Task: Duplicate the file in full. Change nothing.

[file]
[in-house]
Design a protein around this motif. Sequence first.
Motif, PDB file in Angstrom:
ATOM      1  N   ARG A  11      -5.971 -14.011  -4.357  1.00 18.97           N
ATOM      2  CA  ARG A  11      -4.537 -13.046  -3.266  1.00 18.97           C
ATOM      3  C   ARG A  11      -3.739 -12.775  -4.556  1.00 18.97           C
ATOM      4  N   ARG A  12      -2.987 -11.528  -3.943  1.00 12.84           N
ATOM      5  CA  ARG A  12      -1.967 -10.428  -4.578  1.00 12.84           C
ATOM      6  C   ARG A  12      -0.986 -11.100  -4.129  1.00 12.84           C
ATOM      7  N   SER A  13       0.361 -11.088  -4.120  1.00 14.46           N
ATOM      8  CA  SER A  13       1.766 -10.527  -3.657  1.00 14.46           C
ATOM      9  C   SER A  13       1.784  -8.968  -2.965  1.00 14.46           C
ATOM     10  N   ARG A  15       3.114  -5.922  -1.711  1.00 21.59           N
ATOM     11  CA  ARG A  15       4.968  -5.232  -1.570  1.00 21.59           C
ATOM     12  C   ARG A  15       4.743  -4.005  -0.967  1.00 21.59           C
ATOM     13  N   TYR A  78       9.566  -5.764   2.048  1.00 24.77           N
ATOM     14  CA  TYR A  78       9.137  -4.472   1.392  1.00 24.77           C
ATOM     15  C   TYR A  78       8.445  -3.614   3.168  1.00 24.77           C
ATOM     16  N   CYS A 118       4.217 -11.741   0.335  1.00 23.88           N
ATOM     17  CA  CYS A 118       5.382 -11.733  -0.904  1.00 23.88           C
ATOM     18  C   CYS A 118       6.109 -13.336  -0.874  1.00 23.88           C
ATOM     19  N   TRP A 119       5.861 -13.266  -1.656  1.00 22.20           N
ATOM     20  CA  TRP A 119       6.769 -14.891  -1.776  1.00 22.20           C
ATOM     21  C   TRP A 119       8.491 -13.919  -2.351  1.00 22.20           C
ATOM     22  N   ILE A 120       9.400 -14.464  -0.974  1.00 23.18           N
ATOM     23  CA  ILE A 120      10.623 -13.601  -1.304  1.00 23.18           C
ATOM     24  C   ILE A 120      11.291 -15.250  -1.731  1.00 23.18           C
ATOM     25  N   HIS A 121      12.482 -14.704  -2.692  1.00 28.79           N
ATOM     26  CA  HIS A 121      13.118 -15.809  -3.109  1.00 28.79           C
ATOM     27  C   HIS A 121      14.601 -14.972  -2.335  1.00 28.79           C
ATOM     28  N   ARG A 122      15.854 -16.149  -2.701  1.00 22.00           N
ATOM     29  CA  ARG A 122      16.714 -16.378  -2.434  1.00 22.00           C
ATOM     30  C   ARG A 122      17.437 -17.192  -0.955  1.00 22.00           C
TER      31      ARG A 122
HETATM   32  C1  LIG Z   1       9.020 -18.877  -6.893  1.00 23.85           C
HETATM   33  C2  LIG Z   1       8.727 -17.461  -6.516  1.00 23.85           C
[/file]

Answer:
[in-house]
Design a protein around this motif. Sequence first.
Motif, PDB file in Angstrom:
ATOM      1  N   ARG A  11      -5.971 -14.011  -4.357  1.00 18.97           N
ATOM      2  CA  ARG A  11      -4.537 -13.046  -3.266  1.00 18.97           C
ATOM      3  C   ARG A  11      -3.739 -12.775  -4.556  1.00 18.97           C
ATOM      4  N   ARG A  12      -2.987 -11.528  -3.943  1.00 12.84           N
ATOM      5  CA  ARG A  12      -1.967 -10.428  -4.578  1.00 12.84           C
ATOM      6  C   ARG A  12      -0.986 -11.100  -4.129  1.00 12.84           C
ATOM      7  N   SER A  13       0.361 -11.088  -4.120  1.00 14.46           N
ATOM      8  CA  SER A  13       1.766 -10.527  -3.657  1.00 14.46           C
ATOM      9  C   SER A  13       1.784  -8.968  -2.965  1.00 14.46           C
ATOM     10  N   ARG A  15       3.114  -5.922  -1.711  1.00 21.59           N
ATOM     11  CA  ARG A  15       4.968  -5.232  -1.570  1.00 21.59           C
ATOM     12  C   ARG A  15       4.743  -4.005  -0.967  1.00 21.59           C
ATOM     13  N   TYR A  78       9.566  -5.764   2.048  1.00 24.77           N
ATOM     14  CA  TYR A  78       9.137  -4.472   1.392  1.00 24.77           C
ATOM     15  C   TYR A  78       8.445  -3.614   3.168  1.00 24.77           C
ATOM     16  N   CYS A 118       4.217 -11.741   0.335  1.00 23.88           N
ATOM     17  CA  CYS A 118       5.382 -11.733  -0.904  1.00 23.88           C
ATOM     18  C   CYS A 118       6.109 -13.336  -0.874  1.00 23.88           C
ATOM     19  N   TRP A 119       5.861 -13.266  -1.656  1.00 22.20           N
ATOM     20  CA  TRP A 119       6.769 -14.891  -1.776  1.00 22.20           C
ATOM     21  C   TRP A 119       8.491 -13.919  -2.351  1.00 22.20           C
ATOM     22  N   ILE A 120       9.400 -14.464  -0.974  1.00 23.18           N
ATOM     23  CA  ILE A 120      10.623 -13.601  -1.304  1.00 23.18           C
ATOM     24  C   ILE A 120      11.291 -15.250  -1.731  1.00 23.18           C
ATOM     25  N   HIS A 121      12.482 -14.704  -2.692  1.00 28.79           N
ATOM     26  CA  HIS A 121      13.118 -15.809  -3.109  1.00 28.79           C
ATOM     27  C   HIS A 121      14.601 -14.972  -2.335  1.00 28.79           C
ATOM     28  N   ARG A 122      15.854 -16.149  -2.701  1.00 22.00           N
ATOM     29  CA  ARG A 122      16.714 -16.378  -2.434  1.00 22.00           C
ATOM     30  C   ARG A 122      17.437 -17.192  -0.955  1.00 22.00           C
TER      31      ARG A 122
HETATM   32  C1  LIG Z   1       9.020 -18.877  -6.893  1.00 23.85           C
HETATM   33  C2  LIG Z   1       8.727 -17.461  -6.516  1.00 23.85           C